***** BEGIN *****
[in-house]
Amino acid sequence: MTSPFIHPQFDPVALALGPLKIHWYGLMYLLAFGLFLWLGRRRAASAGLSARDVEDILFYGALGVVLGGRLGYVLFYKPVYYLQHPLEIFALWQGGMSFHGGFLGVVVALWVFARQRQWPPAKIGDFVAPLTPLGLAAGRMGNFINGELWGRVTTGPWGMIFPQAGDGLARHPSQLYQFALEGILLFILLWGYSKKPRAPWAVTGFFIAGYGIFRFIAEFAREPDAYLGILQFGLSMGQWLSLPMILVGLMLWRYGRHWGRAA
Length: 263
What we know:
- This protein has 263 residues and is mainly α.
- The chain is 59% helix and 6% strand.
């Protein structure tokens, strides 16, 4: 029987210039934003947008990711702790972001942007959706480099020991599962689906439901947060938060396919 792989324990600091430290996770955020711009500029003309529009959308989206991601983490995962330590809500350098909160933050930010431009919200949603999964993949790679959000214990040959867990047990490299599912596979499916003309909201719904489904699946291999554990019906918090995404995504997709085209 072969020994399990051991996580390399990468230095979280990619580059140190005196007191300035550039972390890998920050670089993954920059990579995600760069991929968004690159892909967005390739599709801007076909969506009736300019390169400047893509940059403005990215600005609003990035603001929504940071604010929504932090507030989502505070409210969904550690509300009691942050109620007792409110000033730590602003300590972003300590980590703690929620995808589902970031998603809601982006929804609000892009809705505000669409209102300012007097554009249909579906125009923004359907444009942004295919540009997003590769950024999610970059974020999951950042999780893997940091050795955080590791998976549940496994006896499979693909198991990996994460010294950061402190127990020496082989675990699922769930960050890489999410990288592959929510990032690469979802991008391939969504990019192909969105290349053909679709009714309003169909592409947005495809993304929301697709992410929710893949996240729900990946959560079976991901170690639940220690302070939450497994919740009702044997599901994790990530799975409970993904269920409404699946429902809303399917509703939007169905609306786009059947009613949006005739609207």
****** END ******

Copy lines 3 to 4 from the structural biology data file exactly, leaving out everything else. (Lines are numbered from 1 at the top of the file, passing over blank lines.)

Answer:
Length: 263
What we know: